Tackling the enormity of the Universe


NGC 6357
NGC 6357 – “War and Peace Nebula”

Now and then we take a peek at the stars and wonder about life and the scale of the Universe. Unfortunately, those twinkly stars are quite featureless from this distance. The beautiful sky of a summer night has been branded with romanticism. But, as I feel it, people don’t stop to really take a look at the sky and imagine what’s beyond that glimpse of the stars. I know if you’re reading these lines you’re going to say: “That’s not true, I admire the vastness of the Universe!”. I understand. Take a pause and look at different people around you. Not all do, for most of the folks out there the night sky is but a part of the daily(should I say nightly? hehe…) routine that fits nicely in the landscape but goes by unnoticed. Just like individual leaves of a tree, from a forest, on a distant hill.

That’s not to say people are ignorant. There are documentaries and numerous articles on the theme of space, meant to raise awareness about the vastness of the cosmos. I remember watching some episodes of “Through the wormhole”. Also, there’s this nice application on the internet, “The scale of the Universe”. You may also find lots of videos on youtube from enthusiasts who vlog regularly.

These efforts to measure the distances between astral objects deal with the “objective” part of the scales. Unfortunately, these scales are but scientific numbers that matter when engineering spacecraft and doing other… spacely stuff :). It is intriguing and the mind is challenged to understand the nature of these distances, but numbers must be transformed in stories. Analogies and allegories must be created in order for us to better understand the massive scale.

A famous image from 1990, taken by the Voyager 1 spacecraft, portrays the Earth as it “sits” in the blackness of space.

Seen from 6 billion kilometres (3.7 billion mi...
” There is perhaps no better demonstration of the folly of human conceits than this distant image of our tiny world. To me, it underscores our responsibility to deal more kindly with one another and to preserve and cherish the pale blue dot, the only home we’ve ever known.” (Carl Sagan)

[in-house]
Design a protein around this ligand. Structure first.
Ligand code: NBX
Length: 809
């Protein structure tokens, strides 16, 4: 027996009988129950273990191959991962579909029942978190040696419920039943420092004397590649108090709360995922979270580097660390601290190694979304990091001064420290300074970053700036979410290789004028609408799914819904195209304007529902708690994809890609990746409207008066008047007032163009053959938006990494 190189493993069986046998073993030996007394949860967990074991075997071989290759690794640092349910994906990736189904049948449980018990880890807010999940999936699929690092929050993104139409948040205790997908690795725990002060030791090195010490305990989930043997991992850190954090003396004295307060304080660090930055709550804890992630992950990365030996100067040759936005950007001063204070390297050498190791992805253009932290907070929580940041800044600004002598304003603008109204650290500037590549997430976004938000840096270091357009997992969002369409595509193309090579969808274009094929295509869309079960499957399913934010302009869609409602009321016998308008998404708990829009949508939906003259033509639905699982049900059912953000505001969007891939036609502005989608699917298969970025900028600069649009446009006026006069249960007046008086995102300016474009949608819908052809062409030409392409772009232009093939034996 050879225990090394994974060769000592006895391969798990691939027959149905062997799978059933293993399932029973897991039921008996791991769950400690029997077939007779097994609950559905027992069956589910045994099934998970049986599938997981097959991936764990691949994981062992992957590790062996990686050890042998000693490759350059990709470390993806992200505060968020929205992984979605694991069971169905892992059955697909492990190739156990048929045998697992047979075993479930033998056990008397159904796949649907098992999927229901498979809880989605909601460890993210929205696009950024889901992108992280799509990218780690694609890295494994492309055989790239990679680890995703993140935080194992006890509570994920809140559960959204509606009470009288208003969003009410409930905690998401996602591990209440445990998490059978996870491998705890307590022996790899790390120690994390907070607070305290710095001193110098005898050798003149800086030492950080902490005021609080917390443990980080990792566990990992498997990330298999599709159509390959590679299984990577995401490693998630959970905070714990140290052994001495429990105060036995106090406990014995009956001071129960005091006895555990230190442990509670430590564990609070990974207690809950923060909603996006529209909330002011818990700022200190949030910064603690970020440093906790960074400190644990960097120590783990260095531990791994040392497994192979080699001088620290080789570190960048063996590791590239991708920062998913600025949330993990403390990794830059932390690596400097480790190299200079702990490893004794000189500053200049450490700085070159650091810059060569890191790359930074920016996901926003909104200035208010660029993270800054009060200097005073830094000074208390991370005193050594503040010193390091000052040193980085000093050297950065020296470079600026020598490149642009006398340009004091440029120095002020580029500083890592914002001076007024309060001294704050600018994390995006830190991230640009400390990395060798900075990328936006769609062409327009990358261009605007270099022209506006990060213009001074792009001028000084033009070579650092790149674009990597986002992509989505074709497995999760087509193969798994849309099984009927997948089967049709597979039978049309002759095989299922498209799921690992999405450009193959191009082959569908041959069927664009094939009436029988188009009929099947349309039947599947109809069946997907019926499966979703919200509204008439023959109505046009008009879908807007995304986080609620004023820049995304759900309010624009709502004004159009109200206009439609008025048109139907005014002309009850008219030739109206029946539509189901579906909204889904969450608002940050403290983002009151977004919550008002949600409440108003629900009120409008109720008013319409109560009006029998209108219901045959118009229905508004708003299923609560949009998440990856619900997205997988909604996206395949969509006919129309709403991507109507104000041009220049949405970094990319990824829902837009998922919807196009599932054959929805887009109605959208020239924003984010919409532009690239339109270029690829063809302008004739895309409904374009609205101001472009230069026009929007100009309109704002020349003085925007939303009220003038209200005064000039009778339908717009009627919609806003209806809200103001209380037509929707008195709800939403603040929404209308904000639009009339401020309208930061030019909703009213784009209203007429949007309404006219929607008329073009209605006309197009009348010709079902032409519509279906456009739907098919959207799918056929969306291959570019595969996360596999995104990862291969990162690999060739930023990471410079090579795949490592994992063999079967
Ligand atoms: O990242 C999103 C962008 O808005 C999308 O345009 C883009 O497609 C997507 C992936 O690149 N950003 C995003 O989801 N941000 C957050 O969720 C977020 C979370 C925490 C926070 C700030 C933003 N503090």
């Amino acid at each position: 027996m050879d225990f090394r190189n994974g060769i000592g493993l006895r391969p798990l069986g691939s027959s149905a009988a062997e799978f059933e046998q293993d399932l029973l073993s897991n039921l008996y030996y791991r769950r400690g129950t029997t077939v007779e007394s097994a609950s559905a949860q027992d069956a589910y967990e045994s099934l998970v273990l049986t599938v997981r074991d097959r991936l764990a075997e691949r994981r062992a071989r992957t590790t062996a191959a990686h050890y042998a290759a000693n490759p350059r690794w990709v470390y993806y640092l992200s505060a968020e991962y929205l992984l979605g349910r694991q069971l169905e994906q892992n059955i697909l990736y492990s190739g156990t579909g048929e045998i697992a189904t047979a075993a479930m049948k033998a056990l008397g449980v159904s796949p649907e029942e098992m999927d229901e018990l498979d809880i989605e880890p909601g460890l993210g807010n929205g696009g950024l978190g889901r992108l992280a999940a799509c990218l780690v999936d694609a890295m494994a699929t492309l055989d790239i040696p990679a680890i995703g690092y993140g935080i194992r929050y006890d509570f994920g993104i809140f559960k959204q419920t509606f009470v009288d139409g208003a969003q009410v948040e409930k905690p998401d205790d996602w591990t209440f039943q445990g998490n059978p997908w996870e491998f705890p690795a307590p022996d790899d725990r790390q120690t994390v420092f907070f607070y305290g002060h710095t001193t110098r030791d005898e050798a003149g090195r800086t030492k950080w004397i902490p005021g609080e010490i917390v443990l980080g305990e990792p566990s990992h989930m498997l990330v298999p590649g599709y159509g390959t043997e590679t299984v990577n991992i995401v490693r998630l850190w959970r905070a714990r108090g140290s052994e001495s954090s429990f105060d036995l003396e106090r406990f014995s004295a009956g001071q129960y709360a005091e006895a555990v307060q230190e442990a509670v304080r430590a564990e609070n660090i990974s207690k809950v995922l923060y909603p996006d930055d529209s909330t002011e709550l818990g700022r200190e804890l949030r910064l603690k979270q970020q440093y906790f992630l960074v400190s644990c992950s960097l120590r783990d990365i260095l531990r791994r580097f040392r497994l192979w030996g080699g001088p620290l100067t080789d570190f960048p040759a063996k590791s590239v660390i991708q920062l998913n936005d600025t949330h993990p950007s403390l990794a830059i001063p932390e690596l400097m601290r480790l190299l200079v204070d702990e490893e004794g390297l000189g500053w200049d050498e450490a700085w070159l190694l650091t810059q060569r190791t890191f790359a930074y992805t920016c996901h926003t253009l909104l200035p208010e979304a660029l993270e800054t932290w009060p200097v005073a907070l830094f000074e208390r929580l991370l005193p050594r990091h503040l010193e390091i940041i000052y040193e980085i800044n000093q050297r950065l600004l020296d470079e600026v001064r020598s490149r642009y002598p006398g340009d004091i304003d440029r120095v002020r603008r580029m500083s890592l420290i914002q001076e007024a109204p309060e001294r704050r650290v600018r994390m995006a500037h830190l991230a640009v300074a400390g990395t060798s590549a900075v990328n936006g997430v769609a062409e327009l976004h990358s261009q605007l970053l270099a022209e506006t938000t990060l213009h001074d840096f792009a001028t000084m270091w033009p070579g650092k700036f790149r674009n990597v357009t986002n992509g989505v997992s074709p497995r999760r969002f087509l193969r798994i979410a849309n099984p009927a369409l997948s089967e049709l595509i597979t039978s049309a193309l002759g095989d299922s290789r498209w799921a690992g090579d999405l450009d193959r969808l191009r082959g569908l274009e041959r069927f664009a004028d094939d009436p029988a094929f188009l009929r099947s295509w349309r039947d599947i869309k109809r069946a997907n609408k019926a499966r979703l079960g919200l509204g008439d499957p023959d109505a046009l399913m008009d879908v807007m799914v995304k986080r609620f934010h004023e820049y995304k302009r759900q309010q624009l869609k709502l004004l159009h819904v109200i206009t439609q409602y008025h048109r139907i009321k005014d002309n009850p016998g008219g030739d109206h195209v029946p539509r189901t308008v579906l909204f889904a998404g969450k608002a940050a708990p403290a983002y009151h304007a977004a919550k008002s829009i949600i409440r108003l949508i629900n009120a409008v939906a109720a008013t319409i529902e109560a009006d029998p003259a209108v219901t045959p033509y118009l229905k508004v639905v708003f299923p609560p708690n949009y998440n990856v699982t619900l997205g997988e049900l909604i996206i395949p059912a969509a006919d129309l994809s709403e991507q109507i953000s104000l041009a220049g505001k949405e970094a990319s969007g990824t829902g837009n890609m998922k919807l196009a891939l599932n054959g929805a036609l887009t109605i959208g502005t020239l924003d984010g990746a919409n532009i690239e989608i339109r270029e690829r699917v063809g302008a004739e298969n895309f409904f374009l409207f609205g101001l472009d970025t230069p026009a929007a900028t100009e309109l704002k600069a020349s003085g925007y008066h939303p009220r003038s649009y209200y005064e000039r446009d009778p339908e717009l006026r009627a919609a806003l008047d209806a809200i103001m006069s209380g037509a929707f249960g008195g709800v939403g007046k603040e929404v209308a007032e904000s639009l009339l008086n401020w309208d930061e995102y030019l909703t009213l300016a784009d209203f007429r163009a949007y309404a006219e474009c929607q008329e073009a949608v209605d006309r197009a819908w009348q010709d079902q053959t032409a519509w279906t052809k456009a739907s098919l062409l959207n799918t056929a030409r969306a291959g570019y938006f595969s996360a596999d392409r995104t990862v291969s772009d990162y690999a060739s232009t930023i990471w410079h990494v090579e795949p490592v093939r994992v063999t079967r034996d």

Earth is a tiny pixel around the center of the image, to the left. The picture was taken as the spacecraft was reaching the edge of our Solar System, around 6 billion km away. It’s hard to imagine such a distance, but… let’s think of it this way: light has to travel for approximately 5 hours to cover this distance. Our planet has an equatorial circumference of about 40.000 km. Light would cover that distance in about a tenth of a second( ~100 ms). Our home is little! We dream about luxurious exoplanets, yet, the harsh reality is that across even interstellar distances( which are quite small compared to how big the Universe is) the only luxurious planet that harbors life is ours.

As we “zoom out” using our imagination from the solar system, we begin to see other star systems, eventually galaxies and nebulae. A nebula is a spectacular arrangement of stellar dust and ionized gases. They range from bright, beautifully colored clouds to dark, inspiring shapes.

Here’s an example of a bright and dark nebula:

Orion Nebula
Pillars and Jets Nebula
Pillars and Jets, NASA Hubble Telescope

At this point our minds just fail when trying to compare the extreme sizes of such galactic proportions to our home. But there’s another facet to the story. Perhaps, our only “tool” from now on is our emotions which help us go deeper in the understanding of how beautiful and vast is the Universe.

I’ve recently seen a film, Tree of Life, which is mostly a spiritual experience in my opinion than a film with a final conclusion. But it beautifully puts in perspective the scope of our life with the enormity of the evolving Universe.

This is one of the scenes that inspired me to write this article, and it sent shivers through my spine( of course, I recommend watching the whole film):

And when I thought seeing such scenes will give me almost a somber feeling, I saw this image:

Humor of galactic proportions

Now watch this little guy:

(video belongs to pokomarichard)

The forces involved in the building of a galaxy, explosion of a star, creation of the sun, evolution of the Earth through hundreds of millions of years of bombardment with outside matter, all of that… for us and this lovely cockatiel that fades away in an instant.

Lacrimosa.

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